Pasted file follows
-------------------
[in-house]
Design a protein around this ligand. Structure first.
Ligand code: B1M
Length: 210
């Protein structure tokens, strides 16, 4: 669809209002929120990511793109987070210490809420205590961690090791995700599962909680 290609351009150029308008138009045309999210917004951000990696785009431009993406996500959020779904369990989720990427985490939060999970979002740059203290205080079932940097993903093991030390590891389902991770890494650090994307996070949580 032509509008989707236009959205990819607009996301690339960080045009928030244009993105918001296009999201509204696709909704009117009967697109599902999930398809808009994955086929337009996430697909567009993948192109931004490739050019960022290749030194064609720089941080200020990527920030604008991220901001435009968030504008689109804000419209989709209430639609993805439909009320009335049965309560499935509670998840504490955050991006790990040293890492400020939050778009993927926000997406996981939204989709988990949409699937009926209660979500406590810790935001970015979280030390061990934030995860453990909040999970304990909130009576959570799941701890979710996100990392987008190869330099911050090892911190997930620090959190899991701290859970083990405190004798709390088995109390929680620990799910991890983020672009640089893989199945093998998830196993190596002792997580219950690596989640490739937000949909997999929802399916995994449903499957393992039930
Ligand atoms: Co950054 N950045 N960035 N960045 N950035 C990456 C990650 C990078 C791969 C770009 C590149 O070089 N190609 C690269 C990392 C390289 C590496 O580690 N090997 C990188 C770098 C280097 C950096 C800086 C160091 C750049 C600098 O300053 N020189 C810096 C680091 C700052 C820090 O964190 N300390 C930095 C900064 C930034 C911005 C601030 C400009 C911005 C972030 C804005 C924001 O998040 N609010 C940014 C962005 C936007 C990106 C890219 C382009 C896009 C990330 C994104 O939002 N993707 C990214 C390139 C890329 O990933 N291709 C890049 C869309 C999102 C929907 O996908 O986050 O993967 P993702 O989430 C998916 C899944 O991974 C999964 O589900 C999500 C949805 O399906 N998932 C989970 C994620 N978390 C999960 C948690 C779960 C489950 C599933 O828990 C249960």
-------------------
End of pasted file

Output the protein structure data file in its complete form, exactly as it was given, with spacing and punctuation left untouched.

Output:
[in-house]
Design a protein around this ligand. Structure first.
Ligand code: B1M
Length: 210
């Protein structure tokens, strides 16, 4: 669809209002929120990511793109987070210490809420205590961690090791995700599962909680 290609351009150029308008138009045309999210917004951000990696785009431009993406996500959020779904369990989720990427985490939060999970979002740059203290205080079932940097993903093991030390590891389902991770890494650090994307996070949580 032509509008989707236009959205990819607009996301690339960080045009928030244009993105918001296009999201509204696709909704009117009967697109599902999930398809808009994955086929337009996430697909567009993948192109931004490739050019960022290749030194064609720089941080200020990527920030604008991220901001435009968030504008689109804000419209989709209430639609993805439909009320009335049965309560499935509670998840504490955050991006790990040293890492400020939050778009993927926000997406996981939204989709988990949409699937009926209660979500406590810790935001970015979280030390061990934030995860453990909040999970304990909130009576959570799941701890979710996100990392987008190869330099911050090892911190997930620090959190899991701290859970083990405190004798709390088995109390929680620990799910991890983020672009640089893989199945093998998830196993190596002792997580219950690596989640490739937000949909997999929802399916995994449903499957393992039930
Ligand atoms: Co950054 N950045 N960035 N960045 N950035 C990456 C990650 C990078 C791969 C770009 C590149 O070089 N190609 C690269 C990392 C390289 C590496 O580690 N090997 C990188 C770098 C280097 C950096 C800086 C160091 C750049 C600098 O300053 N020189 C810096 C680091 C700052 C820090 O964190 N300390 C930095 C900064 C930034 C911005 C601030 C400009 C911005 C972030 C804005 C924001 O998040 N609010 C940014 C962005 C936007 C990106 C890219 C382009 C896009 C990330 C994104 O939002 N993707 C990214 C390139 C890329 O990933 N291709 C890049 C869309 C999102 C929907 O996908 O986050 O993967 P993702 O989430 C998916 C899944 O991974 C999964 O589900 C999500 C949805 O399906 N998932 C989970 C994620 N978390 C999960 C948690 C779960 C489950 C599933 O828990 C249960």